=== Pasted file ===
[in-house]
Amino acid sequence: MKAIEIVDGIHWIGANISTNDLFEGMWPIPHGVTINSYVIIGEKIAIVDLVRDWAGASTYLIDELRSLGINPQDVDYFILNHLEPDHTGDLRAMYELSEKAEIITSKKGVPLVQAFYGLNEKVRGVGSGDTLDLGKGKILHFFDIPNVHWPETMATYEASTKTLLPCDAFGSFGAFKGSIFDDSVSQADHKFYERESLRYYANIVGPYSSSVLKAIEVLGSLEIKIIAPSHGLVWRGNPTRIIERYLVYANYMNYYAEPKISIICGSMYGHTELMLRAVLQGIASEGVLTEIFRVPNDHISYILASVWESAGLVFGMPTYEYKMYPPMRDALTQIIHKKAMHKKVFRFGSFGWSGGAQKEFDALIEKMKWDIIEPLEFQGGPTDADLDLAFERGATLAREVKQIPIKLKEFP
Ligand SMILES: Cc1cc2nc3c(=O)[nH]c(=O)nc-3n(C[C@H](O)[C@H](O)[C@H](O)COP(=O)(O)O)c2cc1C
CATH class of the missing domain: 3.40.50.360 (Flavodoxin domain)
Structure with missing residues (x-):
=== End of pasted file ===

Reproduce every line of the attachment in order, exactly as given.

[in-house]
Amino acid sequence: MKAIEIVDGIHWIGANISTNDLFEGMWPIPHGVTINSYVIIGEKIAIVDLVRDWAGASTYLIDELRSLGINPQDVDYFILNHLEPDHTGDLRAMYELSEKAEIITSKKGVPLVQAFYGLNEKVRGVGSGDTLDLGKGKILHFFDIPNVHWPETMATYEASTKTLLPCDAFGSFGAFKGSIFDDSVSQADHKFYERESLRYYANIVGPYSSSVLKAIEVLGSLEIKIIAPSHGLVWRGNPTRIIERYLVYANYMNYYAEPKISIICGSMYGHTELMLRAVLQGIASEGVLTEIFRVPNDHISYILASVWESAGLVFGMPTYEYKMYPPMRDALTQIIHKKAMHKKVFRFGSFGWSGGAQKEFDALIEKMKWDIIEPLEFQGGPTDADLDLAFERGATLAREVKQIPIKLKEFP
Ligand SMILES: Cc1cc2nc3c(=O)[nH]c(=O)nc-3n(C[C@H](O)[C@H](O)[C@H](O)COP(=O)(O)O)c2cc1C
CATH class of the missing domain: 3.40.50.360 (Flavodoxin domain)
Structure with missing residues (x-):